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Grade Separation Potential

From: domainremoved <Steve>
Date: Tue, 5 May 2015 14:32:40 -0700

City Council:


I support revising the City’s Rail Policy to include options for elevated
Caltrain tracks. If one of our major goals is to create certainty for
developers and to increase safety, a firm commitment by the City for
elevated tracks is the way to go. This grade separation concept should be
applied to all four of our level crossings.


 The Status Quo and Caltrain as a barrier between east & west - The most
stubborn and dangerous barrier is Caltrain at grade. It is unacceptable.
The status quo makes both pedestrian and automobile undercrossings of the
tracks expensive, disruptive to adjacent property owners and most difficult
design of any of the alternatives. Think Oregon Expressway in Palo Alto.

 The half up, half down or split alternative - To eliminate the exiting
barrier between the San Francisquito Creek and Ravenswood, the tracks would
be raised to about 12 feet above grade, as it is now is at Willow & Alma.
The structure supporting the tracks could either be a viaduct or a berm
with penetrations aligning with streets on either side of Caltrain. Twelve
feet of elevation would allow at-grade pedestrian passage anywhere, but
would still require tunneling at our four vehicular street level crossings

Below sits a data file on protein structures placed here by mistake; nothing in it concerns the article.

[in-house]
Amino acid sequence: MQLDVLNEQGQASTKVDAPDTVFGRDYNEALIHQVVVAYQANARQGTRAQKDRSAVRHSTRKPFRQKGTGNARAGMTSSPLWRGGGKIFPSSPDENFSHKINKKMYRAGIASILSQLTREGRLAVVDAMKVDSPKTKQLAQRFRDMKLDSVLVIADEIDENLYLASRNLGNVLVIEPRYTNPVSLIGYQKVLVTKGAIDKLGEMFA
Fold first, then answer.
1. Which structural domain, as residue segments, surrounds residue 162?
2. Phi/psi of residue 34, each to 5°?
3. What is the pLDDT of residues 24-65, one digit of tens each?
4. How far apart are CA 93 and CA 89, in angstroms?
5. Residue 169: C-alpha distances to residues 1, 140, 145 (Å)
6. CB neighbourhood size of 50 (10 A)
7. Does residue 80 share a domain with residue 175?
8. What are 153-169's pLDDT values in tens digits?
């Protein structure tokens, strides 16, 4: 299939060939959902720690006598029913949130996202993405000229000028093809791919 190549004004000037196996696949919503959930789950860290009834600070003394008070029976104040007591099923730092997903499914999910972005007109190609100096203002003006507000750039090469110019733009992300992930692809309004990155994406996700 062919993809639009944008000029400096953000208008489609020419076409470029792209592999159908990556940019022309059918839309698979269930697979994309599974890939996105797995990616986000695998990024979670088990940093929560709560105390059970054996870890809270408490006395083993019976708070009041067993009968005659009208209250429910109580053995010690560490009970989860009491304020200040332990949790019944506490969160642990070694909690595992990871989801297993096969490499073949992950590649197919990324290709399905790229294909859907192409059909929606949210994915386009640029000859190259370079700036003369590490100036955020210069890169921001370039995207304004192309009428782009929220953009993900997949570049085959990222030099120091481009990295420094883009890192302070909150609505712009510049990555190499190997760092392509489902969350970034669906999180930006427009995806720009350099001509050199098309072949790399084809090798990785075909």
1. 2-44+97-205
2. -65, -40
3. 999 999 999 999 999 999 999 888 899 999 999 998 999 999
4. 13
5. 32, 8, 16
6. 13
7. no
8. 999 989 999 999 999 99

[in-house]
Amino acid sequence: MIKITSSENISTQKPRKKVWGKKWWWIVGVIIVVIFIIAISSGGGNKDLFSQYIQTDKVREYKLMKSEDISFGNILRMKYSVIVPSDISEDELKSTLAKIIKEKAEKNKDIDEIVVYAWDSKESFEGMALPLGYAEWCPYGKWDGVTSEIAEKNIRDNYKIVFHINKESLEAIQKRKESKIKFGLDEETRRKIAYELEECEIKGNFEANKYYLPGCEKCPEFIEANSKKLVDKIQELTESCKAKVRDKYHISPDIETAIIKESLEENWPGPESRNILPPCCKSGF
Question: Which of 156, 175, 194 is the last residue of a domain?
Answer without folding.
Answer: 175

of about eight feet below existing grade. This design would still create
moderately challenging problems with the access to Greenheart, The Axis
site and Hunter Properties.


 Elevated alternative - For my money, raising Caltrain to between 18 & 20
feet above grade is the preferred approach. Adjacent properties could be
developed with complete flexibility as to access. The architects for
Greenheart, Hunter, Axis, Stanford and others could design for any noise
(triple glazed windows) and sight protection in advance of work on the
Caltrain tracks. The existing street grid would be preserved. Samtrans and
the City would be free to negotiate uses of the easement below the tracks.
Pedestrian access between El Camino and Alma would be completely flexible
just as in the split alternative. As the tracks need to return to grade
approaching Atherton, the crossing at Encinal could be more of a split
alignment.


 Train in a trench or a tunnel - This idea has always impressed me as
nothing more than an excuse to do nothing. It’s at least twice as expensive
as an elevated alignment. Getting the tracks to at least 25 feet below
grade in a trench between the Creek and Atherton would be impossible due to
gradient requirements with abundant drainage and utility relocation issues
to be solved. Access to platforms would be far underground, up to 100 feet
below grade if Caltrain were to be tunneled. It’s a non-starter.


 Elevating Caltrain is not only the way to get our grade separation,
east-west access, noise and safety issues behind us, but also to enable the
renewal of the ECR/Downtown area envisioned by the Specific Plan. We should
proceed with a plan that has minimal uncertainty for both developers and
residents.


Steve Schmidt
Received on Tue May 05 2015 - 14:28:37 PDT

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